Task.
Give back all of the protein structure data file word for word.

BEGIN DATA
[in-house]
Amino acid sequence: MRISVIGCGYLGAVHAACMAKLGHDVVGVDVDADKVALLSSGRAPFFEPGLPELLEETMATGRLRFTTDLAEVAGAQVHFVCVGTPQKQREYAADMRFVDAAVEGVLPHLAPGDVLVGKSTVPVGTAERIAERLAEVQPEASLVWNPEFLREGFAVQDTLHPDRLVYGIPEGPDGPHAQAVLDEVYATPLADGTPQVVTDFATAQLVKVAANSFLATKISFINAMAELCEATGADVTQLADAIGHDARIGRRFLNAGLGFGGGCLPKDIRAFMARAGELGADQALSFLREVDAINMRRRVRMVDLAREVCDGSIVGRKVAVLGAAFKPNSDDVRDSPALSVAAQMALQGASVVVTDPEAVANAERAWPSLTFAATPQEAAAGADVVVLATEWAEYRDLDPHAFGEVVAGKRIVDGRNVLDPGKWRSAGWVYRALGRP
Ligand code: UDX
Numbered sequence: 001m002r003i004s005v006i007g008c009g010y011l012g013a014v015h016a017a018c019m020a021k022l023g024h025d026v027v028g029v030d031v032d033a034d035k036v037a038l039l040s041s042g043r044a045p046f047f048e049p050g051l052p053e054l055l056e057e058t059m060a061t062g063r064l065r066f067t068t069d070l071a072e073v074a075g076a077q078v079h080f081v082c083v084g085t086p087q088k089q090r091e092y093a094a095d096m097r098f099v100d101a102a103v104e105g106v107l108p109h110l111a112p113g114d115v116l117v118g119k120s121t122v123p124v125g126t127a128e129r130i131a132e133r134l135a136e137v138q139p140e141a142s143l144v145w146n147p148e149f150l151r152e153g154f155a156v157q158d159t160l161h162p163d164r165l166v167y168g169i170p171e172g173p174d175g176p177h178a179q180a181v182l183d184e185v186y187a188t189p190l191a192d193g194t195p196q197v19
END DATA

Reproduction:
[in-house]
Amino acid sequence: MRISVIGCGYLGAVHAACMAKLGHDVVGVDVDADKVALLSSGRAPFFEPGLPELLEETMATGRLRFTTDLAEVAGAQVHFVCVGTPQKQREYAADMRFVDAAVEGVLPHLAPGDVLVGKSTVPVGTAERIAERLAEVQPEASLVWNPEFLREGFAVQDTLHPDRLVYGIPEGPDGPHAQAVLDEVYATPLADGTPQVVTDFATAQLVKVAANSFLATKISFINAMAELCEATGADVTQLADAIGHDARIGRRFLNAGLGFGGGCLPKDIRAFMARAGELGADQALSFLREVDAINMRRRVRMVDLAREVCDGSIVGRKVAVLGAAFKPNSDDVRDSPALSVAAQMALQGASVVVTDPEAVANAERAWPSLTFAATPQEAAAGADVVVLATEWAEYRDLDPHAFGEVVAGKRIVDGRNVLDPGKWRSAGWVYRALGRP
Ligand code: UDX
Numbered sequence: 001m002r003i004s005v006i007g008c009g010y011l012g013a014v015h016a017a018c019m020a021k022l023g024h025d026v027v028g029v030d031v032d033a034d035k036v037a038l039l040s041s042g043r044a045p046f047f048e049p050g051l052p053e054l055l056e057e058t059m060a061t062g063r064l065r066f067t068t069d070l071a072e073v074a075g076a077q078v079h080f081v082c083v084g085t086p087q088k089q090r091e092y093a094a095d096m097r098f099v100d101a102a103v104e105g106v107l108p109h110l111a112p113g114d115v116l117v118g119k120s121t122v123p124v125g126t127a128e129r130i131a132e133r134l135a136e137v138q139p140e141a142s143l144v145w146n147p148e149f150l151r152e153g154f155a156v157q158d159t160l161h162p163d164r165l166v167y168g169i170p171e172g173p174d175g176p177h178a179q180a181v182l183d184e185v186y187a188t189p190l191a192d193g194t195p196q197v19